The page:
Foreign Affairs Department Secretary Albert del Rosario on Saturday said that his fellow foreign ministers in the Association of Southeast Asian Nation had acknowledged that there is an urgent need to address the tensions in the South China Sea (West Philippine Sea) brought about by territorial disputes among claimant countries and China.
Del Rosario said the ASEAN envoys expressed the sentiment after he officially presented the Philippine proposal for a Triple Action Plan during the 47th ASEAN Foreign Ministers’ Meeting (AMM) which kicked off on Friday, August 8, in Nay Pyi Taw, Myanmar.
Del Rosario said that one of the proposed actions in the TAP is to freeze any activity in the disputed territories while an arbitration process is ongoing.
“The ASEAN Foreign Ministers acknowledged the urgent need to address the tensions in the South China Sea in a manner that is peaceful and constructive, consistent with the DOC, and in accordance with international law,” the DFA said in a statement released on Saturday.
The Triple Action Plan or TAP is aimed at reducing and managing tensions in the South China Sea until a settlement of the disputes is obtained.
TAP will also address reports that China plans to construct infrastructures on the Paracel Islands claimed by Vietnam and the Spratly Islands claimed by the Philippines.
“Tensions in the South China Sea have worsened in the past few months and continue to deteriorate. All of us are seeing an increased pattern of aggressive behavior and provocative actions in the South China Sea, seriously threatening the peace, security, prosperity and stability in the region,” Del Rosario said during his presentation.
“On an immediate basis, ASEAN, in demonstration of its leadership, must call for a cessation of activities that escalate tension, pursuant to Article 5 of the ASEAN-China Declaration on the Conduct of Parties in the South China Sea (DOC),” the DFA chief said.
The freeze on activities in the region is the first part of the three-part action plan. The second part is the intermediate approach, which calls for the full implementation of the 2002 Declaration on the Code of Conduct (DOC) and the expeditious conclusion of a more binding Code of Conduct (COC).
“On an intermediate basis, to manage further tension, ASEAN and China should continue urgently working for a full and effective implementation of the DOC and the expeditious conclusion of a Code of Conduct (COC),” he added.
Del Rosario also underscored the importance of an arbitration where it will provide clarification of entitlements to bring the disputes to a final and enduring resolution in accordance with international law, particularly the United Nations Convention on the Law of the Sea (Unclos).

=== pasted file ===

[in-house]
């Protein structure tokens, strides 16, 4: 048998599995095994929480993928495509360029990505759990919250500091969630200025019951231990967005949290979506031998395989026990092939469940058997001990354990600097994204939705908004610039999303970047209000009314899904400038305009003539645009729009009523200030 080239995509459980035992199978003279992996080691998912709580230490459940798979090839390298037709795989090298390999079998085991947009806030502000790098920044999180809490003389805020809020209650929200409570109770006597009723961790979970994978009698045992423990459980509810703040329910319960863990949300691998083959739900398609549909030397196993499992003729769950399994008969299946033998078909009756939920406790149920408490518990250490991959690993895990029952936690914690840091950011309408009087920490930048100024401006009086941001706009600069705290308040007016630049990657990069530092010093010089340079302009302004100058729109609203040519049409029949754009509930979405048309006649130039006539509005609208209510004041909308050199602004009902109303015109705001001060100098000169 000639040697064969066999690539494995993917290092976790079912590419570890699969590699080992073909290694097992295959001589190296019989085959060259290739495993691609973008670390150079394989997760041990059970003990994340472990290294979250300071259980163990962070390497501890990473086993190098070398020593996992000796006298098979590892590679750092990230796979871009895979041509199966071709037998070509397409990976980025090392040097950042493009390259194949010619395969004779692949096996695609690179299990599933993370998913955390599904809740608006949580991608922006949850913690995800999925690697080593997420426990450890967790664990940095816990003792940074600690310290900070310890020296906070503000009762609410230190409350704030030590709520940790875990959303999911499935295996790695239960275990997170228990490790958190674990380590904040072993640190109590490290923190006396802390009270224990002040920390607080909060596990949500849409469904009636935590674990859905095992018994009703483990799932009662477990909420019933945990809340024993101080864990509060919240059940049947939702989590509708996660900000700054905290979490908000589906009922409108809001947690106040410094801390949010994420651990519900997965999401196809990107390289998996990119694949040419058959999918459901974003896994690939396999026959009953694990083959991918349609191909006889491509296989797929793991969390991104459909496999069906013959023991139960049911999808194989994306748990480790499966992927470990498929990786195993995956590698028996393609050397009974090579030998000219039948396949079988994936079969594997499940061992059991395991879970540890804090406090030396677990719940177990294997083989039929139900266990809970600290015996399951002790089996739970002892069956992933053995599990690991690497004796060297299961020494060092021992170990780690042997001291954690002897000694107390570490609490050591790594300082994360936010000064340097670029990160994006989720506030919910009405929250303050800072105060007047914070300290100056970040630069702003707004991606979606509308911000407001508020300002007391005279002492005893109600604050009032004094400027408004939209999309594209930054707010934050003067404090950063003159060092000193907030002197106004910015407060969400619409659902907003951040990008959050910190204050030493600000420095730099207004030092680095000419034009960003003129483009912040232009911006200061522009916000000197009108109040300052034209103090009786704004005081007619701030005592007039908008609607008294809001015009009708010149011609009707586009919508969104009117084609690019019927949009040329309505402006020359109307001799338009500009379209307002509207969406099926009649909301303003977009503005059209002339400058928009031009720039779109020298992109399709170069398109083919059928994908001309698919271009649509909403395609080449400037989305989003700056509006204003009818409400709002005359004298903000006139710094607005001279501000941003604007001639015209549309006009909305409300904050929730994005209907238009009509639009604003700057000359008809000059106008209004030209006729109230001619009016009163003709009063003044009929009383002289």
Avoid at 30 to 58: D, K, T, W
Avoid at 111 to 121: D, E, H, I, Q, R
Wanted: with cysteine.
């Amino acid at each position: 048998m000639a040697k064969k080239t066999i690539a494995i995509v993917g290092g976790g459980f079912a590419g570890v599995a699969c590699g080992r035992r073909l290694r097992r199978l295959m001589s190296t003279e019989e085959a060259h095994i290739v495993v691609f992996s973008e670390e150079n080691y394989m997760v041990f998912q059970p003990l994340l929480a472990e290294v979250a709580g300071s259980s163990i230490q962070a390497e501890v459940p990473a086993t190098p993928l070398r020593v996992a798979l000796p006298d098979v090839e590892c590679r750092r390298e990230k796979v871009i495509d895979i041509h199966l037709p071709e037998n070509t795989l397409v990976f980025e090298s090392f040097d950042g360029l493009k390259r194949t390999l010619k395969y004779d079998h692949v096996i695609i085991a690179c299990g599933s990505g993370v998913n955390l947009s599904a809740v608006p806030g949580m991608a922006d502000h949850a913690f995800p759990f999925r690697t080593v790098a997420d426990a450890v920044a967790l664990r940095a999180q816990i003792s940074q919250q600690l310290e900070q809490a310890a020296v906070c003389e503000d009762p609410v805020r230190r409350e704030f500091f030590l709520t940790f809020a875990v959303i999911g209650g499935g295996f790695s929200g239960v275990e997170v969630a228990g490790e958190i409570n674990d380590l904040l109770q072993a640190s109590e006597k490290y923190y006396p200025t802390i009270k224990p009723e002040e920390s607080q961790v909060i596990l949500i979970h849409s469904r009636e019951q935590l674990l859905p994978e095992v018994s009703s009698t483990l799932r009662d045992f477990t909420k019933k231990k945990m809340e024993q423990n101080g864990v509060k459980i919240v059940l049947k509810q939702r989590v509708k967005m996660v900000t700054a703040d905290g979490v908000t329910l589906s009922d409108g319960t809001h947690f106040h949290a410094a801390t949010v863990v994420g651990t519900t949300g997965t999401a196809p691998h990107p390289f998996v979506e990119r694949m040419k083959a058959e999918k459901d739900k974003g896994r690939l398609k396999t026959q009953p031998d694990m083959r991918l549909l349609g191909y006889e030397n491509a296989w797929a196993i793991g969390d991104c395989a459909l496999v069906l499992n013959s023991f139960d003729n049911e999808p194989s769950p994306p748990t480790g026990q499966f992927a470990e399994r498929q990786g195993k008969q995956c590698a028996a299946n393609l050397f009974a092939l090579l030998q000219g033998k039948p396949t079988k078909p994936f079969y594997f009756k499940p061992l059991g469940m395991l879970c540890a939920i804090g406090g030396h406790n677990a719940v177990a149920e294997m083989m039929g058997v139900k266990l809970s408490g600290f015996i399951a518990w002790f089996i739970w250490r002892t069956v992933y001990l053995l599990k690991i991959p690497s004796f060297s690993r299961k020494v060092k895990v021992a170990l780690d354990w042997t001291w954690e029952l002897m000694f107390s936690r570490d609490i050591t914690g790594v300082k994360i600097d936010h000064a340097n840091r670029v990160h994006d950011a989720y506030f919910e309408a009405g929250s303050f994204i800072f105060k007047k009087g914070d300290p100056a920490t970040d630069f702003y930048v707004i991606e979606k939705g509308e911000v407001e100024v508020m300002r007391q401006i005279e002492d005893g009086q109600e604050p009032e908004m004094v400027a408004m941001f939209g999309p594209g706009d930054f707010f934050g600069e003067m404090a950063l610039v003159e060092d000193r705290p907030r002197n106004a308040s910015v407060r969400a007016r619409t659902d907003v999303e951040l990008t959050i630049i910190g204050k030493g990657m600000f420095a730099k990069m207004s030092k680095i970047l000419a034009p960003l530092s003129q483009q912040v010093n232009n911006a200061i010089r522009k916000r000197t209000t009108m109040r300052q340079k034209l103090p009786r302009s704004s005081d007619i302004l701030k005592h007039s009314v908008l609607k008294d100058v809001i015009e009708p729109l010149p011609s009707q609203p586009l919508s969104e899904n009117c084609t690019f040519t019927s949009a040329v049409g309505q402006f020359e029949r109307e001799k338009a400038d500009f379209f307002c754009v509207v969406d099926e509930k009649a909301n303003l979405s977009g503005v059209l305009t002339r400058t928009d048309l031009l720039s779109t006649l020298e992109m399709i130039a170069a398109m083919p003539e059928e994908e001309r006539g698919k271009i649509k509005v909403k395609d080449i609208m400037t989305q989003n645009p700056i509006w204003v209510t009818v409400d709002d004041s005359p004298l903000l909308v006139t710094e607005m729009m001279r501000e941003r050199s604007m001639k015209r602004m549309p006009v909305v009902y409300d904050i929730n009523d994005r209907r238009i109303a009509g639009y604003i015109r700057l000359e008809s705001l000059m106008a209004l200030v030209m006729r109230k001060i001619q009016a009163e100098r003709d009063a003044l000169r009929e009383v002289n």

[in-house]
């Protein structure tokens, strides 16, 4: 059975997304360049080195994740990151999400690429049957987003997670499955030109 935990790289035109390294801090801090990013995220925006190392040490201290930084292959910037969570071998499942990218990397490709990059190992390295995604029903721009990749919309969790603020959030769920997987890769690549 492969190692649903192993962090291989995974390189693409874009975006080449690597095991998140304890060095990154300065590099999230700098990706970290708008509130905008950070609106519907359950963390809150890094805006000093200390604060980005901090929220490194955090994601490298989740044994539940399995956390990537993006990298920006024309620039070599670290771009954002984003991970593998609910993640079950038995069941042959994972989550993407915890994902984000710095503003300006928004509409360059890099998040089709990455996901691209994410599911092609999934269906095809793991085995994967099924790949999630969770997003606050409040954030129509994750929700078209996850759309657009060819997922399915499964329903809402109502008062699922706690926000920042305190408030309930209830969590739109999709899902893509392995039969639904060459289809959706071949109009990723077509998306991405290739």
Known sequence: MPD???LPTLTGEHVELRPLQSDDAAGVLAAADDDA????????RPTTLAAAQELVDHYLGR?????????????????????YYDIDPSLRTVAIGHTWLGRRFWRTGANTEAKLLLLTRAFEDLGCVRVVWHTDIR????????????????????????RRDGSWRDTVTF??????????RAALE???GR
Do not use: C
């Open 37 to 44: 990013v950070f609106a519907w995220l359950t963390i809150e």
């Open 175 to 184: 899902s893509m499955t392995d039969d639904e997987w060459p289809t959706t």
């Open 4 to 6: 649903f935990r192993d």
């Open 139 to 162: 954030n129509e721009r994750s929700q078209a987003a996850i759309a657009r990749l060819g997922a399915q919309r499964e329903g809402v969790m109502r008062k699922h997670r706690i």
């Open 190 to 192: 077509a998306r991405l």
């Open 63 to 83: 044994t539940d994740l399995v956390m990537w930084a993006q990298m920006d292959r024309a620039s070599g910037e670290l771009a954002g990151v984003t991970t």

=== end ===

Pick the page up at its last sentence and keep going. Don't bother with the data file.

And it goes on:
In January 2014, the Philippines brought its dispute against China before the Arbitral Tribunal to seek to invalidate China’s excessive and expansive nine-dash-line claim over the West Philippine Sea.
On December 15, the judges of the Arbitral Tribunal are scheduled to hold the proceedings despite Beijing’s decision not to participate in the trial.
Of the ten members of the Asean, namely the Philippines, Singapore, Vietnam, Indonesia, Thailand, Malaysia, Cambodia, Laos, Myanmar and Brunei Darussalam, four are claimant countries—the Philippines, Vietnam, Malaysia and Brunei.
China and Taiwan also have overlapping claims to the disputed and resource-rich territories.
China’s aggressive actions in the region have raised the concerns of the international community and the claimant-countries, particularly the Philippines and Vietnam.
Manila had also accused Beijing of “ambitious expansionism” by reclaiming Philippine-claimed territories such as the Mabini Reef, the Malvar Reef, the Calderon Reef, the Burgos Reef and the Kennan Reef.
Aside from doing reclamation activities, China also plans to build lighthouses on five islands of the Xisha Island.
DFA spokesman Charles Jose said that the TAP proposal will definitely address China’s flurry of activities in the area.
China, however, vowed “clear and firm reactions” to defend its interests in the South China Sea but rejected suggestions of aggression.
“The position of China to safeguard its own sovereignty, maritime rights and interests is firm and unshakeable,” Chinese Foreign Minister Wang Yi told reporters following a meeting with the ASEAN members in Naypyidaw.
Wang said the situation in the contested waters was currently “stable,” adding that Beijing always acted with “self restraint”.
“However, for those groundless provocative activities, the Chinese side is bound to make clear and firm reactions,” he said.
US Secretary of State John Kerry, who arrived in the early hours of Saturday to attend a series of meetings with regional and international powers, is expected to underline Washington’s message for a freeze on any activities that could worsen regional maritime relations.
Kerry kicked off his Southeast Asian diplomatic charm offensive with a meeting with his Vietnamese counterpart Pham Binh Minh.
The top US diplomat, who fought in the Vietnam War, hailed “progress” in relations, adding that issues such as communist Vietnam’s rights record would continue to be discussed as part of efforts “to really bring this relationship to its full blossom”.
The US is looking to reinvigorate alliances in the Asia-Pacific as part of President Barack Obama’s foreign policy pivot to the region.
The forum is an annual security dialogue among foreign ministers of the 10-member ASEAN and key partners, including the US, Australia, China, India, Japan, South Korea, Russia and the European Union. With AFP
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